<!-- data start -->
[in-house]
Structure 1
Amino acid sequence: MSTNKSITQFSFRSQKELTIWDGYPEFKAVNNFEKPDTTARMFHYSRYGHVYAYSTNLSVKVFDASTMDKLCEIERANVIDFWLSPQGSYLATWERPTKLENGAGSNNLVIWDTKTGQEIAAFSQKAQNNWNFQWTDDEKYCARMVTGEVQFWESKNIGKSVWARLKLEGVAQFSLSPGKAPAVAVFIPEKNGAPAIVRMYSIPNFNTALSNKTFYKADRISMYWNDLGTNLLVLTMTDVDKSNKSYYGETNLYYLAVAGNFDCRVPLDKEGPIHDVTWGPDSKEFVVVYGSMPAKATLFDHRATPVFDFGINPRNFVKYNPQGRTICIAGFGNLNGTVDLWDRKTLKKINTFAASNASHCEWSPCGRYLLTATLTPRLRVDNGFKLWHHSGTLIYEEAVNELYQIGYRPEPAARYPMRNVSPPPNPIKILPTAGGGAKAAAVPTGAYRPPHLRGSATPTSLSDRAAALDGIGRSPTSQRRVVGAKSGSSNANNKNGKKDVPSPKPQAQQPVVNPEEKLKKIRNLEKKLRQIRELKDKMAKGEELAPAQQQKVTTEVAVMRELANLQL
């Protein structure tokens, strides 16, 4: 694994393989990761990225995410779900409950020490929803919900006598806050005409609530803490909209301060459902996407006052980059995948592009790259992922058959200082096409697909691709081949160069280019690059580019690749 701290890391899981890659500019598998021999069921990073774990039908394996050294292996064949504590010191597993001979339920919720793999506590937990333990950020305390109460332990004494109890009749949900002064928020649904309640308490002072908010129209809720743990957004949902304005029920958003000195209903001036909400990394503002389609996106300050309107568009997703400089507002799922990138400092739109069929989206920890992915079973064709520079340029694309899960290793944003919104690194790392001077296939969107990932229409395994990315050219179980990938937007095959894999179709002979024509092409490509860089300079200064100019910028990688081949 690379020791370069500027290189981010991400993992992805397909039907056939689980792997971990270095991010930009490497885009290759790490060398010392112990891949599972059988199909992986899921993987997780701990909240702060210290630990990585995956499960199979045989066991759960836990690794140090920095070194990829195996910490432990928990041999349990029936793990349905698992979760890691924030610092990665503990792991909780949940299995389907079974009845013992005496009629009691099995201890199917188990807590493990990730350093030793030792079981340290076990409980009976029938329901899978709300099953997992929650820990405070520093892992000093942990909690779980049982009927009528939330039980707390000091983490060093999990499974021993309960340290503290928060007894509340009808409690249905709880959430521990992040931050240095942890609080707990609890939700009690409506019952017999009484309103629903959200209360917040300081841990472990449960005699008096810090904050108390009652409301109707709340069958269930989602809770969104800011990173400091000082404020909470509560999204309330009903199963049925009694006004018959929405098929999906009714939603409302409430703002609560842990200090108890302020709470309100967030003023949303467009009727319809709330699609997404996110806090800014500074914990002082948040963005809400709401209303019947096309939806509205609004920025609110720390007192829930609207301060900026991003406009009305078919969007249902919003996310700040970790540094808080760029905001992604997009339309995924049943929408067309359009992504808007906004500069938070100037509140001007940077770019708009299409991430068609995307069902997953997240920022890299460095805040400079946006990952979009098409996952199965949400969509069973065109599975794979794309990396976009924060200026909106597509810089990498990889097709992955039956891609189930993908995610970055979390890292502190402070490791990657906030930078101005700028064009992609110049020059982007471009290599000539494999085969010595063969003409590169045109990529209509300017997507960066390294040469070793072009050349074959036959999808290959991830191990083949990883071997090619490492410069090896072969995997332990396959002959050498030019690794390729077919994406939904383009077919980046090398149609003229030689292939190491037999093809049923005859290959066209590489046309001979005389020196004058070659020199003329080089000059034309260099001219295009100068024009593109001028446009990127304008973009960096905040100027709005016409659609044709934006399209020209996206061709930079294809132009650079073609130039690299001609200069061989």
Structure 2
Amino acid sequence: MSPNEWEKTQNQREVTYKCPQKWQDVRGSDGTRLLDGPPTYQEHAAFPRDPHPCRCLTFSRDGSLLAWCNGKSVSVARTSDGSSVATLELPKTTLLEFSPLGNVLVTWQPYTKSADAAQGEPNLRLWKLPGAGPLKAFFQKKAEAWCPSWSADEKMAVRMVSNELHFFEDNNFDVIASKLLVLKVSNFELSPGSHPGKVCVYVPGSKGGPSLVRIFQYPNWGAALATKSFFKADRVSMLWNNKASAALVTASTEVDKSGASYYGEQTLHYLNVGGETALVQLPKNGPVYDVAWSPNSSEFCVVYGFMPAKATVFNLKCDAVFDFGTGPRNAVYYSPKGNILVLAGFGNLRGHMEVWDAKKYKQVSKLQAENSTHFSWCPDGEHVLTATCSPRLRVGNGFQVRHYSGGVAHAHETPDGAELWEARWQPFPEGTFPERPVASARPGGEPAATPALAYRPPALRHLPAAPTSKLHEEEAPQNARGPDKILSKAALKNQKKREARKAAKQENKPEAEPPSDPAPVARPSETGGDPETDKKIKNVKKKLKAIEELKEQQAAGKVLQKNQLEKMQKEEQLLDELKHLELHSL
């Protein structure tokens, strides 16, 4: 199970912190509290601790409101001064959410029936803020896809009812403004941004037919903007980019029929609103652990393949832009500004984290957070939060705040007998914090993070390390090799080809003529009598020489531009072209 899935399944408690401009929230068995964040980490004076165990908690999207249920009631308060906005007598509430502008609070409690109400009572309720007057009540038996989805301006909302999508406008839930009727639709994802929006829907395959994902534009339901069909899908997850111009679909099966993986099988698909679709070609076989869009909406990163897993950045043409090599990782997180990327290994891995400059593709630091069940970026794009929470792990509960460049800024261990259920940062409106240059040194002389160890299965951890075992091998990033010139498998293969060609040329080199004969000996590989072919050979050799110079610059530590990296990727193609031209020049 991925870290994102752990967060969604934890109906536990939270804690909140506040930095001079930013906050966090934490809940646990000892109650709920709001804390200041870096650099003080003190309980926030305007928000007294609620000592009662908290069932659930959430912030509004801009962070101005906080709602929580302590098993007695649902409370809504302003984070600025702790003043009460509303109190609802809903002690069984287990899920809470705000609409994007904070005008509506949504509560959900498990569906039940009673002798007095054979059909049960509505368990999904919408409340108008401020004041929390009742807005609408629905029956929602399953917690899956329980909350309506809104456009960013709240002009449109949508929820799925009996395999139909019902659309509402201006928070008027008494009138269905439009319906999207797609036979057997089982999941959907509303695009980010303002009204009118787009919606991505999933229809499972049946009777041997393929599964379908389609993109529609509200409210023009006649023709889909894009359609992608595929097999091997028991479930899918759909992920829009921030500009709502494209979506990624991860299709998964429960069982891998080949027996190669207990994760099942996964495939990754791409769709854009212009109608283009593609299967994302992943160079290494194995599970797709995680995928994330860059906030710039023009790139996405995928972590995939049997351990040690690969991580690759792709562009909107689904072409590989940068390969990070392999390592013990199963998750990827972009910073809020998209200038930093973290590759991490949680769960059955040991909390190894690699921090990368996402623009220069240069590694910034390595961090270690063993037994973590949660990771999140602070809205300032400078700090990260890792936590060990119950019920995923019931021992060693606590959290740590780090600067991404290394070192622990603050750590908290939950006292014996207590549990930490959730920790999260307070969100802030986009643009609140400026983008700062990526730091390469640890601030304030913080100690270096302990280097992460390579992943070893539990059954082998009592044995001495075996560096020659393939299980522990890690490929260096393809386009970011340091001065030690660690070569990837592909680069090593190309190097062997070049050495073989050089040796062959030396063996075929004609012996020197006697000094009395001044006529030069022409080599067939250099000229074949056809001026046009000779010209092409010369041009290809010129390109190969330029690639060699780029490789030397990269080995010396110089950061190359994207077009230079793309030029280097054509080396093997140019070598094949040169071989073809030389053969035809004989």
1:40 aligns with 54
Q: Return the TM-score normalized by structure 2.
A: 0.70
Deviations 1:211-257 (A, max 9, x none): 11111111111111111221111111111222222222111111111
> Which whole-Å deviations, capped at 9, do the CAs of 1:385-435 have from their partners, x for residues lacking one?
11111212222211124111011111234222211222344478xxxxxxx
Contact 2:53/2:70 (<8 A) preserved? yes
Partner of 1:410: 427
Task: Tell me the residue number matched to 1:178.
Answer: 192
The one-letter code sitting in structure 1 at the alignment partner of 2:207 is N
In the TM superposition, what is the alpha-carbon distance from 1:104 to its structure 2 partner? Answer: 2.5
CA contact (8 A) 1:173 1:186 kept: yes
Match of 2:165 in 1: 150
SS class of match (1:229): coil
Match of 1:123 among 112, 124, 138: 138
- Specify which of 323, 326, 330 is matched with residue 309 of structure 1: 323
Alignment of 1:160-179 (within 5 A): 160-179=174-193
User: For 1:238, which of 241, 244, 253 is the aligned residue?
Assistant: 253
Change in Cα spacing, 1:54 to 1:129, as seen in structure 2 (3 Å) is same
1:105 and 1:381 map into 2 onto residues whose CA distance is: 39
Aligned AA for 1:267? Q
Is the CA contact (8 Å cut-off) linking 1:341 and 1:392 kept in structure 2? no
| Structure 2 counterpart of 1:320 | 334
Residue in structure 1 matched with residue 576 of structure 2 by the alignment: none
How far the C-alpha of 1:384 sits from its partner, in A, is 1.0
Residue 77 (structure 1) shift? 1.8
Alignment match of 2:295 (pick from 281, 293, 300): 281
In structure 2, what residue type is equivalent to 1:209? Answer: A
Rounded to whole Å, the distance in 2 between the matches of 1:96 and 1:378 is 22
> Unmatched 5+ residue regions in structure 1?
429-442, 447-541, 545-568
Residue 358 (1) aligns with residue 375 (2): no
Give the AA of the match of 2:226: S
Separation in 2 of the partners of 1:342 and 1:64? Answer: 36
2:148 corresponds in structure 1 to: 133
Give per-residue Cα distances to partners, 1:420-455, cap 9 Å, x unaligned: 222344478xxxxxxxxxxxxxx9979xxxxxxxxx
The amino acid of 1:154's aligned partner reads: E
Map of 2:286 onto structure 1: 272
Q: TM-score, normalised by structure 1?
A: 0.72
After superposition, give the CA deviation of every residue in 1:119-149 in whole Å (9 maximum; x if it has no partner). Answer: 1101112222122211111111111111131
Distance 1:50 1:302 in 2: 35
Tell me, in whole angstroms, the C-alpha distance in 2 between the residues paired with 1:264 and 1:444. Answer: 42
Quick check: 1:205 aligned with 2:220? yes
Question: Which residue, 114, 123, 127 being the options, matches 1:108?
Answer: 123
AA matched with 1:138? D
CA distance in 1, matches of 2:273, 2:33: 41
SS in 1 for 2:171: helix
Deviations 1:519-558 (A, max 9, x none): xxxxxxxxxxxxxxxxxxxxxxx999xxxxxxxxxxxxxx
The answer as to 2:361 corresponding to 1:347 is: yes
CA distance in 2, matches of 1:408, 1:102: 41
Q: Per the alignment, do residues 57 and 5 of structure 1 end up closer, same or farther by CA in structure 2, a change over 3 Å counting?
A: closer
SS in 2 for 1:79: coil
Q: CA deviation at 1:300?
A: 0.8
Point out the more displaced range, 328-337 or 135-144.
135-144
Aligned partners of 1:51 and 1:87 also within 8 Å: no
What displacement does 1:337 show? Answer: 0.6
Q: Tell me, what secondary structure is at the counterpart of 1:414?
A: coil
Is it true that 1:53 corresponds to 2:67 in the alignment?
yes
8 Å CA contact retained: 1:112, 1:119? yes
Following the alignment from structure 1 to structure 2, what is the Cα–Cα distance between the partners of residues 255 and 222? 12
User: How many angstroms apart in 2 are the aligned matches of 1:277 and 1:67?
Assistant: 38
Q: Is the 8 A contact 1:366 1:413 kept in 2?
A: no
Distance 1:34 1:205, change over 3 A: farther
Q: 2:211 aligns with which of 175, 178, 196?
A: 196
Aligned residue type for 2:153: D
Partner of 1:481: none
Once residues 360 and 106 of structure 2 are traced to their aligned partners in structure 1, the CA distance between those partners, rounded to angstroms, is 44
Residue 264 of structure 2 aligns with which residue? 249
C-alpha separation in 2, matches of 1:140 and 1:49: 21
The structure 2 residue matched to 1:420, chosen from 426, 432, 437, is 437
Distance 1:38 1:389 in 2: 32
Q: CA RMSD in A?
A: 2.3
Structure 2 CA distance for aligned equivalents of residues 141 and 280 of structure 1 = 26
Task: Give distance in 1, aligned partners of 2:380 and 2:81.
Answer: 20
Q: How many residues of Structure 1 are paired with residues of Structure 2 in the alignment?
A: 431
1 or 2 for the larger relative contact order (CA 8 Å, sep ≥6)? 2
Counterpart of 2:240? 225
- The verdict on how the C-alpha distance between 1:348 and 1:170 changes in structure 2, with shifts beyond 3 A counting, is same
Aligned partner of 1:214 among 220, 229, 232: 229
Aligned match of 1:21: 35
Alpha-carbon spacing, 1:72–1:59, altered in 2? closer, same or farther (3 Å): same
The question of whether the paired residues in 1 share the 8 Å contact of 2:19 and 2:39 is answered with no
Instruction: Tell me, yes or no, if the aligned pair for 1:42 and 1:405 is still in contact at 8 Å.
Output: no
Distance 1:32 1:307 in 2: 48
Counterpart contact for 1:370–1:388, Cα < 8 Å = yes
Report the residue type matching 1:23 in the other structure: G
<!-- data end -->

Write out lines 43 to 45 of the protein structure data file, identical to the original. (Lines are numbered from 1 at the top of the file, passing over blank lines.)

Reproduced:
Separation in 2 of the partners of 1:342 and 1:64? Answer: 36
2:148 corresponds in structure 1 to: 133
Give per-residue Cα distances to partners, 1:420-455, cap 9 Å, x unaligned: 222344478xxxxxxxxxxxxxx9979xxxxxxxxx